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Abraham Simon, Morris' father-in-law,   
left his home in Brest, traveled to Hamburg, and then to Liverpool, where he set sail for America aboard the S.S. Britannic, according to its List or Manifest of Passengers, arriving at the Port of New York on
September 27, 1886 *.    

Brest is visible on the map at left on the Belarus side of the Polish border, south of Bialystok.  (Most of our family came from the area covered in this map.)

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The excerpt above shows that "Abr. Simon"  was passenger no. 305, that he was 25 years old at the time of passage, that he came from Russia, and that he gave as his occupation "Laborer."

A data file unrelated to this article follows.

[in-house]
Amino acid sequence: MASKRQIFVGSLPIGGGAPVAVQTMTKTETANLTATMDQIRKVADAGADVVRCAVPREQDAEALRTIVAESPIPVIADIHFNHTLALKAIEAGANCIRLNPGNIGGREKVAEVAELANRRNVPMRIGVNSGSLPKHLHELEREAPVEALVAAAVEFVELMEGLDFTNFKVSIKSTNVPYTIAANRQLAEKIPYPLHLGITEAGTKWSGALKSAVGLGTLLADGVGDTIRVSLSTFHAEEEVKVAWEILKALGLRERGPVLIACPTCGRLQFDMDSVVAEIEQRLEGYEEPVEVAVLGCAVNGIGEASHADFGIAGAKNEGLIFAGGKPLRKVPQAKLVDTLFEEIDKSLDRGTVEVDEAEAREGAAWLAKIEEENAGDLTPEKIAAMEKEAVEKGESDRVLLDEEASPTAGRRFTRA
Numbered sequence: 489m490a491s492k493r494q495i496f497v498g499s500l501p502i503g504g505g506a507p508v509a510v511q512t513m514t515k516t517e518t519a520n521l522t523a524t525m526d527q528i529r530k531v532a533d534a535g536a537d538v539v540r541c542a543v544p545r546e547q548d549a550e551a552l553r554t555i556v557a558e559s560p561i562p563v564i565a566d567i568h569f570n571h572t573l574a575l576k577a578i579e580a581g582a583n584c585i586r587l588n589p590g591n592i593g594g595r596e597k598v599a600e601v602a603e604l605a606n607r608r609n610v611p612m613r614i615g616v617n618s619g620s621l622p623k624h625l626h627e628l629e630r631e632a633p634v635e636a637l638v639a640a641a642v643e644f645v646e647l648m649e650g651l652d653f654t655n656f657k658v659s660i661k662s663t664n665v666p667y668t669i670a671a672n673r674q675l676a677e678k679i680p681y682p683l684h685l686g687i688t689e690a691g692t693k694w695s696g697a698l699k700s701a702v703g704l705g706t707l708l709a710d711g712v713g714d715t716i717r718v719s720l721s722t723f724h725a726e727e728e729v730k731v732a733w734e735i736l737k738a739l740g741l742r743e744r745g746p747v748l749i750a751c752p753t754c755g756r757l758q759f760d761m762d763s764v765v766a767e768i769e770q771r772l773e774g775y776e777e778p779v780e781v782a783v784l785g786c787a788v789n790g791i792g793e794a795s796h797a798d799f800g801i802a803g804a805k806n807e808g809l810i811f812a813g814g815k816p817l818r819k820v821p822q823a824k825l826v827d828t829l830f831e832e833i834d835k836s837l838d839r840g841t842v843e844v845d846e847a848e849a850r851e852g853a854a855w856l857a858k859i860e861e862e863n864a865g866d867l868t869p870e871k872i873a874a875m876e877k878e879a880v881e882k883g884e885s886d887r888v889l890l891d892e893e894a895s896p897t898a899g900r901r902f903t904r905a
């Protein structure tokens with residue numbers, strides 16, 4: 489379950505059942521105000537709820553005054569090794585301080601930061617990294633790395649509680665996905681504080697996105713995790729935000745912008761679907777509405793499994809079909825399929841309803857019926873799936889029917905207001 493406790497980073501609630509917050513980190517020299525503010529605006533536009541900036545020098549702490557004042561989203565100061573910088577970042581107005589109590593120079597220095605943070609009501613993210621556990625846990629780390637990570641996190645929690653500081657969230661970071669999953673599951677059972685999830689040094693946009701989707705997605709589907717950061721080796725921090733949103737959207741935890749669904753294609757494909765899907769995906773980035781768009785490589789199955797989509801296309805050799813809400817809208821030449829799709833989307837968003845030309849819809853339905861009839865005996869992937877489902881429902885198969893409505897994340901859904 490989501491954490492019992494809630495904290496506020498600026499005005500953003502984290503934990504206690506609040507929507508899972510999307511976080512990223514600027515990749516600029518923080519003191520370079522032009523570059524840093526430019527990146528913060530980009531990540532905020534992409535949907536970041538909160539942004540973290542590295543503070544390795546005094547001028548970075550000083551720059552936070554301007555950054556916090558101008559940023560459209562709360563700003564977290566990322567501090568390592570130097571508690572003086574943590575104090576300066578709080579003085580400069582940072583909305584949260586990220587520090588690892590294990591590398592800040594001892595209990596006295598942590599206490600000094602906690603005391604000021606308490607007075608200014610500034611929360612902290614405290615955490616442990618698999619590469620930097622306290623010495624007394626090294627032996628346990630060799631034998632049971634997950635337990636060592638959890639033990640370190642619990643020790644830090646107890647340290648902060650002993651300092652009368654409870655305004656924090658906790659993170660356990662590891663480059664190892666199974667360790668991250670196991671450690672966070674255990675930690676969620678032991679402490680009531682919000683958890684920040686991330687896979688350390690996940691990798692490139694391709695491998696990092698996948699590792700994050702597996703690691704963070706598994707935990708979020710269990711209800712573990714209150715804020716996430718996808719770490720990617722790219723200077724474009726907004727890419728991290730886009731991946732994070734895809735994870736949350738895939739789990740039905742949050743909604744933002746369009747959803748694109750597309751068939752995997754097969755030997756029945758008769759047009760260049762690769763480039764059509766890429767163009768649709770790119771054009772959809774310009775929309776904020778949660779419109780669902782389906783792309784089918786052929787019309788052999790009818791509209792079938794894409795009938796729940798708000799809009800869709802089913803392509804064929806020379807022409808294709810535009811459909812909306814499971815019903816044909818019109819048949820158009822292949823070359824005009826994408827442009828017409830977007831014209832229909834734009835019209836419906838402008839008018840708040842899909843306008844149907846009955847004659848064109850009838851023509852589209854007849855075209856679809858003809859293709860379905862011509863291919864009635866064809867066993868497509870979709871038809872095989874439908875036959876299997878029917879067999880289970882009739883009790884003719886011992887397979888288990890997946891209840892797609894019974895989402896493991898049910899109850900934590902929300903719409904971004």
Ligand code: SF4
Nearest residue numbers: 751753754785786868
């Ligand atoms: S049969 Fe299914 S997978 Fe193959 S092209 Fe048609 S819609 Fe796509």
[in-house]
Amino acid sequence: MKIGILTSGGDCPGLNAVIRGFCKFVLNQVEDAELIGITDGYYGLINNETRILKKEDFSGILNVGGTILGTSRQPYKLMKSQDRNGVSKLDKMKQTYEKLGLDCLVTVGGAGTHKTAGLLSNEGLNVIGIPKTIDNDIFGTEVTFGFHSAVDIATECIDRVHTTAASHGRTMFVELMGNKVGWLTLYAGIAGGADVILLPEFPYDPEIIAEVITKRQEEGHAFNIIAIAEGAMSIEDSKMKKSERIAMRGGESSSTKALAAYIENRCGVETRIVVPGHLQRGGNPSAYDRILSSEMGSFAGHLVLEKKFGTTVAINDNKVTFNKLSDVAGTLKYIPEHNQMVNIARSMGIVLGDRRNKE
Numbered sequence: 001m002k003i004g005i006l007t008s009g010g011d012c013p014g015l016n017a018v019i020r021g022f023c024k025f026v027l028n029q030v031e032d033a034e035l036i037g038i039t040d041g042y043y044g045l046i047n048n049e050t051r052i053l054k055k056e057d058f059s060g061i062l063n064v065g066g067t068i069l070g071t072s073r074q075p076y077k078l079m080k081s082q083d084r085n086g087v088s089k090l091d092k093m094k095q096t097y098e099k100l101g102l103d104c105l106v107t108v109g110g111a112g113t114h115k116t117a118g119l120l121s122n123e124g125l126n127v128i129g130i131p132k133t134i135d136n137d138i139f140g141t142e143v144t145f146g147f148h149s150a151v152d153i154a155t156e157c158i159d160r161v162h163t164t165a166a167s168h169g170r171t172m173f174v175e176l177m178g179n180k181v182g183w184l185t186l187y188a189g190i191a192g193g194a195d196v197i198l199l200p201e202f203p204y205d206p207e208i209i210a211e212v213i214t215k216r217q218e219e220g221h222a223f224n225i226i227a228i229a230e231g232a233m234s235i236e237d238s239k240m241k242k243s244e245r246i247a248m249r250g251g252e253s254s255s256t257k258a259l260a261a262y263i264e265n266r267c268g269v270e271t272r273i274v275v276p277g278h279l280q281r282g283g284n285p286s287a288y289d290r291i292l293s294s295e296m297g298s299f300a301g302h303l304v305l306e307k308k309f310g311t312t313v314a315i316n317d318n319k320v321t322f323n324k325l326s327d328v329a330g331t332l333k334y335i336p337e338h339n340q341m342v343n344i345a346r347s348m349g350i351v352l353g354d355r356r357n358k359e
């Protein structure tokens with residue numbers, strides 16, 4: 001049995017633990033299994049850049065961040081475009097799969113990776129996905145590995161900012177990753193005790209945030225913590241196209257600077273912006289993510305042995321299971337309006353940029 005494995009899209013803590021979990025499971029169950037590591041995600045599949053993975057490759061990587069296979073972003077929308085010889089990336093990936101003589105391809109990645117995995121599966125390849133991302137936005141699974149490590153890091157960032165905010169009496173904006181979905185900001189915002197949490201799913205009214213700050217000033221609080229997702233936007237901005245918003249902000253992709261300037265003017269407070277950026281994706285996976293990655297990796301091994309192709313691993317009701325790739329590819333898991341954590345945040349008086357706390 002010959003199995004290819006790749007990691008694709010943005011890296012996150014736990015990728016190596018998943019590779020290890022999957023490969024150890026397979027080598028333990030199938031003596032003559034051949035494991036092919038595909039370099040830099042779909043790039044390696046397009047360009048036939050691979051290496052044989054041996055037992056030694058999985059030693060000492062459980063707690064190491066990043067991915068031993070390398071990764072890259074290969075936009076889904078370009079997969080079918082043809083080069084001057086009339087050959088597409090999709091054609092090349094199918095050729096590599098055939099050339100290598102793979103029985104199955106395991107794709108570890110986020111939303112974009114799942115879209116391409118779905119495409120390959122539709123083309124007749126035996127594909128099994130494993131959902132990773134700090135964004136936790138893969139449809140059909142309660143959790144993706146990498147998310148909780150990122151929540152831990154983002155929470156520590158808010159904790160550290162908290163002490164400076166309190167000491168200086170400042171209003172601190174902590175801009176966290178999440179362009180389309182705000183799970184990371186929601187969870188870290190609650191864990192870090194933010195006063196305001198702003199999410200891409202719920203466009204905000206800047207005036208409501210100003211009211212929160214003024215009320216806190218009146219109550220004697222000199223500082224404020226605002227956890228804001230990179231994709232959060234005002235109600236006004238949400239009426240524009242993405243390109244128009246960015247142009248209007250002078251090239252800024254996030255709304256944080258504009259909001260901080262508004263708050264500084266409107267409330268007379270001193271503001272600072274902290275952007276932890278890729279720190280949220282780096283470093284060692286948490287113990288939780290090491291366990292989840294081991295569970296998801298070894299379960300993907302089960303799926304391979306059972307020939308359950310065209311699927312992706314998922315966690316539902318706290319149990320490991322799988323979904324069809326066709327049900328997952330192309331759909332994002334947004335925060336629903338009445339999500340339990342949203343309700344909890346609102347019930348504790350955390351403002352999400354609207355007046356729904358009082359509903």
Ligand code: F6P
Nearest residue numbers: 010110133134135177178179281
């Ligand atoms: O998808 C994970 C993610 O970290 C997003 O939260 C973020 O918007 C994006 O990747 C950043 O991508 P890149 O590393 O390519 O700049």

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Other occupations listed include "servant, farmer, seamstress, miner, woodcutter, wife, child, infant, and spinster," which was used to describe any unmarried woman age 17 and over.

The S.S. Britannic had five levels for steerage passengers and one for cabin passengers, according to entries in the column second from the right on the top of the Manifest reproduced above.  Abraham Simon was on the third level of steerage.  

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The summary at the end of the S.S. Britannic's Passenger List shows that there were 205 passengers in cabins and 753 in steerage, of whom 105 were Russians.   There were no Russians in cabins.

Steerage passengers listed no more than one piece of baggage apiece, while a Swedish merchant had six pieces, a German manufacter had five pieces, and his wife, four more.  Other occupations indicated for cabin passengers aboard this sailing include lawyer, broker, surgeon, potter, physician, dentist, clergyman, teacher, merchant, milliner, dressmaker, salesman, traveller, and maid.

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